ATTORNEY: MICHAEL J. WERNKE
POMERANTZ MONITOR MAY/JUNE 2016
Judge Fitzgerald of the Central District of California recently denied defendants’ motion to dismiss our action involving STAAR Surgical Company. The action alleges that the company, its CEO and its vice president of regulatory affairs violated section 10(b) of the Securities Exchange Act as well as section 20(a), the “control person” provision.
STAAR is an FDA regulated company that designs, manufactures and sells implantable lenses to correct vision problems. In March of 2014, the company told investors that it believed that it was in compliance with all applicable FDA regulations despite the fact that an FDA inspection of STAAR’s plant was ongoing at the time and the inspector had repeatedly told management that numerous and significant FDA violations had been found. These violations are particularly important to STAAR and its investors because STAAR had a major new lens that was going before the FDA Advisory Panel in mid-March, and these violations would likely delay its approval. The company did not disclose these reports of violations, and investors did not hear about them until the FDA posted them on its website months later. At that point, STAAR’s stock price plunged 17.5%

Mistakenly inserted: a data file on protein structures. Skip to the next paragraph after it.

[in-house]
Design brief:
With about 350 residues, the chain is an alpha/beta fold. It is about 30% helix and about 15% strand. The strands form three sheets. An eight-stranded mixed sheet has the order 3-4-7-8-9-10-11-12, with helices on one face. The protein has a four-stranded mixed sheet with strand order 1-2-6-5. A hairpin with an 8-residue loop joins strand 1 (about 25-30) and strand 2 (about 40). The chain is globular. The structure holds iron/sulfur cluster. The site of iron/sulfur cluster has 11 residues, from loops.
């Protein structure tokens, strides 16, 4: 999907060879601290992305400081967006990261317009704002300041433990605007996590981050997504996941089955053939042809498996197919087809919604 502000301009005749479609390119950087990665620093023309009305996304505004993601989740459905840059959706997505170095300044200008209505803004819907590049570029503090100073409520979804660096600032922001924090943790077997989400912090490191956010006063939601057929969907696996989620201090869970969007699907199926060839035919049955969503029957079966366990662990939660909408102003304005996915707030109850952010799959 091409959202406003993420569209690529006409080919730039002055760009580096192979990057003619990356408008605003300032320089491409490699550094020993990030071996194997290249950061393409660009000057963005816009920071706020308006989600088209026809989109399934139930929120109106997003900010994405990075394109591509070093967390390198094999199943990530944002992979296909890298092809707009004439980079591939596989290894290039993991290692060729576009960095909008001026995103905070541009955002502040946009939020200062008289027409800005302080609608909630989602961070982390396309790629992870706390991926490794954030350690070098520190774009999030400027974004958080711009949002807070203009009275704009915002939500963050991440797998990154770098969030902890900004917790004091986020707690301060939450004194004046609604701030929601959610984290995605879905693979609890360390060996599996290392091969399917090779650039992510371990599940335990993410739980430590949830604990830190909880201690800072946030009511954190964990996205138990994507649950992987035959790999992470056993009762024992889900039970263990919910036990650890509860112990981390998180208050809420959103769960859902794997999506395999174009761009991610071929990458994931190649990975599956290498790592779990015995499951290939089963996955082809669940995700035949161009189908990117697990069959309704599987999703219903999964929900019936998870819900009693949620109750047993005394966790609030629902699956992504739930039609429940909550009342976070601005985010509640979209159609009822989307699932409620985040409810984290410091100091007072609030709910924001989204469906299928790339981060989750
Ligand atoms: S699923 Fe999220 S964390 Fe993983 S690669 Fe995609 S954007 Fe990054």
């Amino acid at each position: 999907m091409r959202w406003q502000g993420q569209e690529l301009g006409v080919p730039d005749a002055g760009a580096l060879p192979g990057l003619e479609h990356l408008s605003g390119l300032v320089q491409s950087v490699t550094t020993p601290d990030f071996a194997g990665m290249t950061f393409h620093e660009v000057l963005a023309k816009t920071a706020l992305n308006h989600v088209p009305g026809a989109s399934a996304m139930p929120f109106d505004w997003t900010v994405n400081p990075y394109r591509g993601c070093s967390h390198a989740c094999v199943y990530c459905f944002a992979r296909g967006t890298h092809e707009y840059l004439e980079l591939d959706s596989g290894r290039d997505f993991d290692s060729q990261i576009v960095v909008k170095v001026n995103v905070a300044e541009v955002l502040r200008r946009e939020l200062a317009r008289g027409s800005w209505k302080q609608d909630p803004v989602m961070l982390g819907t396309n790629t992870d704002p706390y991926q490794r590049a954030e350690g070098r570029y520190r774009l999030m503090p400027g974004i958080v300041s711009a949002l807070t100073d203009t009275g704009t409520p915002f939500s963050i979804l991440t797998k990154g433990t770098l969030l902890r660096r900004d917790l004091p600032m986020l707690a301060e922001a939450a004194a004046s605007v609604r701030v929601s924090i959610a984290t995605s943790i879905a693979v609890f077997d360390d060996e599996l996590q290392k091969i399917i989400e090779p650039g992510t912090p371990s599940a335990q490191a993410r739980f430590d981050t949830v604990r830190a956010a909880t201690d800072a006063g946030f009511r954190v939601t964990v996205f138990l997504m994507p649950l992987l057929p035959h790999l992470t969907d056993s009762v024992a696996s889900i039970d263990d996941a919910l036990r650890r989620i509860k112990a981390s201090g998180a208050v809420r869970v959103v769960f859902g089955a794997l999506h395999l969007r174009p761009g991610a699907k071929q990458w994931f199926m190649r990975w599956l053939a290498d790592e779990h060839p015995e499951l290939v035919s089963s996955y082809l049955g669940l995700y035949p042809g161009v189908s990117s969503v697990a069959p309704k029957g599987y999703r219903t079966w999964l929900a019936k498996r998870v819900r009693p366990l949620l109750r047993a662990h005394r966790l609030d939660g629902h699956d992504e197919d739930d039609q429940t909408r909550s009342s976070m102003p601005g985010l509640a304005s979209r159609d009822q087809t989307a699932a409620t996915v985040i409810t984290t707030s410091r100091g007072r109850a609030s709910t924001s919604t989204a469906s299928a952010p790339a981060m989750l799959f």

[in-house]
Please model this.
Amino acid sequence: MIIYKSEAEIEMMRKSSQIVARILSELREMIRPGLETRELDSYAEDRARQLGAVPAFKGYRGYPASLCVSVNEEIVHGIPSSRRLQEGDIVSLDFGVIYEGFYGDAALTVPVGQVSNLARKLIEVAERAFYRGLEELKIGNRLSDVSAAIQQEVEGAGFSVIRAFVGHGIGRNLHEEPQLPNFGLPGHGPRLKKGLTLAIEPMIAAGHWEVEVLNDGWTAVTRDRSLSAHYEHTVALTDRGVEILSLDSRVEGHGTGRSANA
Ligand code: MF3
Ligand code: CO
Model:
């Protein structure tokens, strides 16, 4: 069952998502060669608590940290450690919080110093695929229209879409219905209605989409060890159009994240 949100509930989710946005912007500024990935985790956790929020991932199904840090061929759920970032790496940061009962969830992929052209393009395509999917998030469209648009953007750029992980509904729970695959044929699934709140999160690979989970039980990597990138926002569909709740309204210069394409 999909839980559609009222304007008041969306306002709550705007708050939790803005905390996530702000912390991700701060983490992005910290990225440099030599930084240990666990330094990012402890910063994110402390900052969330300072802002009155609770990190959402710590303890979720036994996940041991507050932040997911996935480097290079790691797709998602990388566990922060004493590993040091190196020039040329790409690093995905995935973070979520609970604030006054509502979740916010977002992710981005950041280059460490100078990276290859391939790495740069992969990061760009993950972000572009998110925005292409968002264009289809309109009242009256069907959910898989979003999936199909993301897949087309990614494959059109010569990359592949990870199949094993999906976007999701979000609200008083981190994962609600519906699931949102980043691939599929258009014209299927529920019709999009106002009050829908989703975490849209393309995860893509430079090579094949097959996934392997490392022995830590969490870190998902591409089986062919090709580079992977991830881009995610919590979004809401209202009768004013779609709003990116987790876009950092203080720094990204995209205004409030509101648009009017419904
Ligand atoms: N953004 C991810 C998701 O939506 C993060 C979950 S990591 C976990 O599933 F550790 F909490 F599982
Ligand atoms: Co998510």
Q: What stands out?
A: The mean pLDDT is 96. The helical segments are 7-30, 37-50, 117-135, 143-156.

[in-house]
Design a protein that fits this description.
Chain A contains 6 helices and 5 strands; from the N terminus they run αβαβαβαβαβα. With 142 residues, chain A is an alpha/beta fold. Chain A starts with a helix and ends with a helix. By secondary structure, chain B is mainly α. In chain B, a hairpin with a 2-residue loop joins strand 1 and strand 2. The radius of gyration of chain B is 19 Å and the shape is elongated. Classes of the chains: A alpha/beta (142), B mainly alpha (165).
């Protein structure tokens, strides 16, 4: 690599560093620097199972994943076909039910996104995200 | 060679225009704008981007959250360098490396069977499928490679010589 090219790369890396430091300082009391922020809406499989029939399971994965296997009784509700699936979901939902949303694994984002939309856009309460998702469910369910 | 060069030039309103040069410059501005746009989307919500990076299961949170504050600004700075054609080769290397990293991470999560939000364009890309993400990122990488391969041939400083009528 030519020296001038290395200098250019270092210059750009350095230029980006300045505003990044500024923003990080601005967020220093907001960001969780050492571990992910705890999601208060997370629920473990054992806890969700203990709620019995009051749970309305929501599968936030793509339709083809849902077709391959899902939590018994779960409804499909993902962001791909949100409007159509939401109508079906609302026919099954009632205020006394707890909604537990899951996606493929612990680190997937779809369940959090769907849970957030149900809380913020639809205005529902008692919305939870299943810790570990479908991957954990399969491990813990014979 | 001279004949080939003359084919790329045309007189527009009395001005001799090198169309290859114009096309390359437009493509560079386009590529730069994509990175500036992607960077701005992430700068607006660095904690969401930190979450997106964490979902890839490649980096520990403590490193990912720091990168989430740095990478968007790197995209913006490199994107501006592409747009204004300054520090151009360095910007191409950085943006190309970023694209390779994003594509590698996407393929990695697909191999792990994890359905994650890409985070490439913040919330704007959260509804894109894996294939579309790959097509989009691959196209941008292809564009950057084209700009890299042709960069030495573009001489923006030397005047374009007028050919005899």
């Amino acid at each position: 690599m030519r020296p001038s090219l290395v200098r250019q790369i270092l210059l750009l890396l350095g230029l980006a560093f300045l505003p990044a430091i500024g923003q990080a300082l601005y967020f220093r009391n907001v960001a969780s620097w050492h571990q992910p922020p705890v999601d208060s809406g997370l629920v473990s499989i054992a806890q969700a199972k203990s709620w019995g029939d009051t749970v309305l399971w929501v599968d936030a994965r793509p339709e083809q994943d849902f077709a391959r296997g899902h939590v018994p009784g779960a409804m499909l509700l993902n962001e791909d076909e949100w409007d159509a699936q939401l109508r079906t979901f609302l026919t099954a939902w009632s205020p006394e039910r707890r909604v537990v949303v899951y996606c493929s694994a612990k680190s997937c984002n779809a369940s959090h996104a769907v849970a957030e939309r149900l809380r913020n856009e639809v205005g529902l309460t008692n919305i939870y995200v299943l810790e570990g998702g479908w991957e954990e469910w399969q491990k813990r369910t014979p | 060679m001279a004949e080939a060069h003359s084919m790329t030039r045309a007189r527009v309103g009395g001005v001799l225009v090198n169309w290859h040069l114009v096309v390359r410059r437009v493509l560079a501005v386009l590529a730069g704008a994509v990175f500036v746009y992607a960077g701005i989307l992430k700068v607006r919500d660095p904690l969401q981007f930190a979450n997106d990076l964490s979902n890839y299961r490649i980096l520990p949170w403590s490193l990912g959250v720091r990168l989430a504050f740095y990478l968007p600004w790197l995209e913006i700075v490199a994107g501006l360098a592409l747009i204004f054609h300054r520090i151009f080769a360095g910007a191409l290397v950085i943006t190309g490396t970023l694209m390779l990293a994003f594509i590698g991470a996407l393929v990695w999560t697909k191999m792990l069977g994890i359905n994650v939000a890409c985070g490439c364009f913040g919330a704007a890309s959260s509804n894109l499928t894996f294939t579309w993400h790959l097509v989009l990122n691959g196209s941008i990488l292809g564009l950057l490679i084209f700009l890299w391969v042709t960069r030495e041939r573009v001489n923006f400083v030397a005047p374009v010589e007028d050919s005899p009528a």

Defendants’ main argument for dismissal was that at the time they made their representations of compliance the violation reports were only preliminary and had not been formalized in written notices. The court rejected that argument, holding that because the FDA inspector had repeatedly identified the violations orally to management, defendants would have known that their statements of compliance would mislead investors. The court also held that the company had a duty to disclose the subsequent Warning Letter from the FDA, which stated that the new lens would not be approved by the FDA until the violations were remedied. The court held that, even though the company did not make any further “compliance” representations when it received the Warning Letter, it nevertheless had a duty to correct its prior statement on that subject.
This opinion is significant because it shows that a statement of compliance can be misleading as a result of the FDA inspector orally identifying violations. Prior cases had dealt with the company having receipt of a written notice of violation or Warning Letter.